Author Topic: Frustration with misunderstanding  (Read 9737 times)

Fire2025

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Frustration with misunderstanding
« on: July 11, 2017, 10:10:41 AM »
So I belong to the ChooseFI facebook page and someone linked this article:

http://awealthofcommonsense.com/2017/07/some-thoughts-on-the-extreme-early-retirement-movement/

A lot of the first comments where about the first point, that we seem to all hate our jobs. But my issue is not with the misunderstanding that we all hate our jobs. it's that 4 of his 7 bullet points are wrong.

Health insurance- health care costs, effects every single person still breathing, not just someone on the path to FIRE

You miss out on a huge chunk of social security - Social Security gains slow a lot after a short period of time and many, but the most extreme retirees, are getting a very good % of their SS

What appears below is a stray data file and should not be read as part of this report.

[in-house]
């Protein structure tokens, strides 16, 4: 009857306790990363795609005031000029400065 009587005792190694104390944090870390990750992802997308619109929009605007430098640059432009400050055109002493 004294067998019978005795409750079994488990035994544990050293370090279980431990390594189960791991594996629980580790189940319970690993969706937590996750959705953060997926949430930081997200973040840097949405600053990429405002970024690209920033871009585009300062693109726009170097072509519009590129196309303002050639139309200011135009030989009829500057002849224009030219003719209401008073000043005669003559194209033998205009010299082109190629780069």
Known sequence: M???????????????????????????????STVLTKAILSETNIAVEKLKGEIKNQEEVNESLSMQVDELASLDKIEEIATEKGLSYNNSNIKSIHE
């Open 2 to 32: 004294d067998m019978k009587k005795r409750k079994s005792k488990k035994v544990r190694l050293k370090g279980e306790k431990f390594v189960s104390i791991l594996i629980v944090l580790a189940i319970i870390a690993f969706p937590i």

Your money has to last you a very long time

Most of your funds need to be in taxable accounts - Just straight up wrong.

Expenses tend to rise as you age - Study after study has shown that people spend less as they age not more.

Investment management becomes much more important - Everyone who I read, who retired with stock portfolios, are very passive investors. 

Sequence of return risk can be massive - true, but hyperbolic

And don't even get me started with the "not living a balanced life" YOLO crap. 

This combination of simplification and misinformation is really frustrating to me.  I don't care if no one wants to do this, but if you want to talk about something, you should learn about it, not fear monger about it.  You can still say it's not for me.  But it's not a zero sum game; one is good and one is bad.

Am I off the rails on this one?????

WildJager

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Re: Frustration with misunderstanding
« Reply #1 on: July 11, 2017, 11:54:44 AM »